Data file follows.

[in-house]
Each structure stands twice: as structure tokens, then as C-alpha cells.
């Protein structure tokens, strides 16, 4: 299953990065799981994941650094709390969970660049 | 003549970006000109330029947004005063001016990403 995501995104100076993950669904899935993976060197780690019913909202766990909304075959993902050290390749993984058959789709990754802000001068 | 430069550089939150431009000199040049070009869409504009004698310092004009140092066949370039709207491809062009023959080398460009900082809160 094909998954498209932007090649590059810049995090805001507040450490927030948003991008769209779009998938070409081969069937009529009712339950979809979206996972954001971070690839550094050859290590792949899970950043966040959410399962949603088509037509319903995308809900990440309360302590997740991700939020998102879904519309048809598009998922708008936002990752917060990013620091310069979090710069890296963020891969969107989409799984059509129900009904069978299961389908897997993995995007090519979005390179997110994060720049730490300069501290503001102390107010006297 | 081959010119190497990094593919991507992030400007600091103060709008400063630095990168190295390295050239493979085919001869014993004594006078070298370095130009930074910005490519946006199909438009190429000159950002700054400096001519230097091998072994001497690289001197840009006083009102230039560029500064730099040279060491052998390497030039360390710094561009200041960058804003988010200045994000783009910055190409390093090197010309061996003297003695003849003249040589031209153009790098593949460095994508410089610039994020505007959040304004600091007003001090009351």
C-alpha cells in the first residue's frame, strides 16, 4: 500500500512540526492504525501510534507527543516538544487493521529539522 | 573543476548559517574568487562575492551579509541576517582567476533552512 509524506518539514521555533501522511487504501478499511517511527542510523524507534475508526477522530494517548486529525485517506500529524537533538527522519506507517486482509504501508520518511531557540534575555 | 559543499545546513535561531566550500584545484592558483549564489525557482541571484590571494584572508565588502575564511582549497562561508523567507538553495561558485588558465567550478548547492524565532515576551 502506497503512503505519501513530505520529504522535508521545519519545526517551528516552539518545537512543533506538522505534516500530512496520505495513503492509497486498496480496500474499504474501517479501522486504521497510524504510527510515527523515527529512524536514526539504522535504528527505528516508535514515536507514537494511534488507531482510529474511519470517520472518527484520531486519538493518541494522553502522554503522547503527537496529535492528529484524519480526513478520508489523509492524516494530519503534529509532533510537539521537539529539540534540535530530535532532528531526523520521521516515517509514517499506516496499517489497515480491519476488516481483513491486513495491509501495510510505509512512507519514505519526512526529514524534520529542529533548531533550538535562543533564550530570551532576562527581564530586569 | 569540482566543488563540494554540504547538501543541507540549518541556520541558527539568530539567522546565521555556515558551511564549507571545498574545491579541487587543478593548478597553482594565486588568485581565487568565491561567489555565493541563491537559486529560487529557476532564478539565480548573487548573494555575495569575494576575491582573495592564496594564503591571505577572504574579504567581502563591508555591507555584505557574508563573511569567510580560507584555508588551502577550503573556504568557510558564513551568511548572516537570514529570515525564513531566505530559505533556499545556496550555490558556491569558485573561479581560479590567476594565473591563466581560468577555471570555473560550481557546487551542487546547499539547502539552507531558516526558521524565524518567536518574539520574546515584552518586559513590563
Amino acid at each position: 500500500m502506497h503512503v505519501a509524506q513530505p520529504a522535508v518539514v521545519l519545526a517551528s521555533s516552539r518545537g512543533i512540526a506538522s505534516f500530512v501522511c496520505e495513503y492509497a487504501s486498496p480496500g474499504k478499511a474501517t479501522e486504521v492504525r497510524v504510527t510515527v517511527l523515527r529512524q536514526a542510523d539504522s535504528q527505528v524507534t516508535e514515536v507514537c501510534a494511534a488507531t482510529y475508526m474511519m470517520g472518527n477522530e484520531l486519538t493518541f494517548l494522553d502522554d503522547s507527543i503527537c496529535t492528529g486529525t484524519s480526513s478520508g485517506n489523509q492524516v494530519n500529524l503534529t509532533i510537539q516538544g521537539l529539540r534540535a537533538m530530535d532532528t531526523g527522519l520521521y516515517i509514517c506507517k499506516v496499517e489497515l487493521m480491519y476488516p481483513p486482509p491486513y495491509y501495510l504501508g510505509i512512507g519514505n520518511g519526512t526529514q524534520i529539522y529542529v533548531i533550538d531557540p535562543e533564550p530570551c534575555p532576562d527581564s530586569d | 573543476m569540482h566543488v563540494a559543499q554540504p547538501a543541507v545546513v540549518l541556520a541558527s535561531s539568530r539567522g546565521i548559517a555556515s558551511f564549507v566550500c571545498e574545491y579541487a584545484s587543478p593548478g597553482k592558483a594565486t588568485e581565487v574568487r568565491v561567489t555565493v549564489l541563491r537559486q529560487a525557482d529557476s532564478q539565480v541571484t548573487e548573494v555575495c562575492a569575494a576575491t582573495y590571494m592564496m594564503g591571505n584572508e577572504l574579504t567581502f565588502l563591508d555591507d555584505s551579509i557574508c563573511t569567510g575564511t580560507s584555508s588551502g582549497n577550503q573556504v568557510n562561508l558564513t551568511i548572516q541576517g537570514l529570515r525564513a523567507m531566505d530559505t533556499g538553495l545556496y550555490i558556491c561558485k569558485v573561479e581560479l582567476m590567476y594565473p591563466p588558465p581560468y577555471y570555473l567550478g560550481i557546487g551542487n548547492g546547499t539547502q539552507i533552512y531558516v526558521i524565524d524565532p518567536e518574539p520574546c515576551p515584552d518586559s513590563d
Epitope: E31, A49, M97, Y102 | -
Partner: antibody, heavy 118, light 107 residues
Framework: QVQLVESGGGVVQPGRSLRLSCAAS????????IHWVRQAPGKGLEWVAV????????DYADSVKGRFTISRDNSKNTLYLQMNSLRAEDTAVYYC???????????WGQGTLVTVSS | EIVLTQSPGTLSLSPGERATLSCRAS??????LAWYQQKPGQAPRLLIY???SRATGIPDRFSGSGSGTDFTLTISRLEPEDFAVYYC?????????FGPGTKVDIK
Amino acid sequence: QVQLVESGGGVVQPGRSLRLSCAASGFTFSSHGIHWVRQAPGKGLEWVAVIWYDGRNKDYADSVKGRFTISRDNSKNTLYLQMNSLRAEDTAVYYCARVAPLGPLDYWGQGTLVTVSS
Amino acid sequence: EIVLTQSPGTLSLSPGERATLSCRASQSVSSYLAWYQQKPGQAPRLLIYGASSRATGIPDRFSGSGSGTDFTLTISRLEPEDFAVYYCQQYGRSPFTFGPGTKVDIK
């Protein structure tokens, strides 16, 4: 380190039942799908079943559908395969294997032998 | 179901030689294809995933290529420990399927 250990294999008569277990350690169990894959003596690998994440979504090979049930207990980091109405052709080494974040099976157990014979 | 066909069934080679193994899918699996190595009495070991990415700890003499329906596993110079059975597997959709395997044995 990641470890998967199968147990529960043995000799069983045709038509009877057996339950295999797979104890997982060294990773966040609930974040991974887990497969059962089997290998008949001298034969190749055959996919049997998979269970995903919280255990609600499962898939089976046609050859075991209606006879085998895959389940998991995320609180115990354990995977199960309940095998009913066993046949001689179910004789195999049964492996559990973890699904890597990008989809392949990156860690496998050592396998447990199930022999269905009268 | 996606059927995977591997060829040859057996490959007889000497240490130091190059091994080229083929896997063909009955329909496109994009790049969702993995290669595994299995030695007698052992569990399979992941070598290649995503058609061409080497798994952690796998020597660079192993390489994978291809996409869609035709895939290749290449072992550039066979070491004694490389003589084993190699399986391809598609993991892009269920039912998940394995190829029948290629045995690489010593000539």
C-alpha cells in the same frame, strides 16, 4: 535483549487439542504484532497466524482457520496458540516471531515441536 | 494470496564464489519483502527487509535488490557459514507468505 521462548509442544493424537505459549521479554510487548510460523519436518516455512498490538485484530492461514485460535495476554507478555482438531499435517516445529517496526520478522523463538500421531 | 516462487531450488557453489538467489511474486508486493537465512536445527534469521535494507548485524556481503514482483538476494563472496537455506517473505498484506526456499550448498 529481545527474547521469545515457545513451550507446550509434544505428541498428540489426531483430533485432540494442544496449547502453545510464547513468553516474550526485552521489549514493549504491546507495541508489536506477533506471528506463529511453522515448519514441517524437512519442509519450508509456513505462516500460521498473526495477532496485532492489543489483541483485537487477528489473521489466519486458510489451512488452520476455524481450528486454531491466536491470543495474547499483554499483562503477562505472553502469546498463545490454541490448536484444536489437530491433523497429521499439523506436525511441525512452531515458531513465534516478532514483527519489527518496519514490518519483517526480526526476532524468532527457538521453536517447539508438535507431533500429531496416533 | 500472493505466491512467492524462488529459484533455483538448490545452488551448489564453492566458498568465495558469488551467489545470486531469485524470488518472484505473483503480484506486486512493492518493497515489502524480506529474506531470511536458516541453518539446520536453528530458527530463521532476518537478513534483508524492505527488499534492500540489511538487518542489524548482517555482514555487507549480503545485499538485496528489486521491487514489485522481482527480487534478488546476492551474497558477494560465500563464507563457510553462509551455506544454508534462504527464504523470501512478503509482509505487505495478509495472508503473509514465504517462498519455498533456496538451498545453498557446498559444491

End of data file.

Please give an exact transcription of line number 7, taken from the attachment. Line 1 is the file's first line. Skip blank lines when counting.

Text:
Partner: antibody, heavy 118, light 107 residues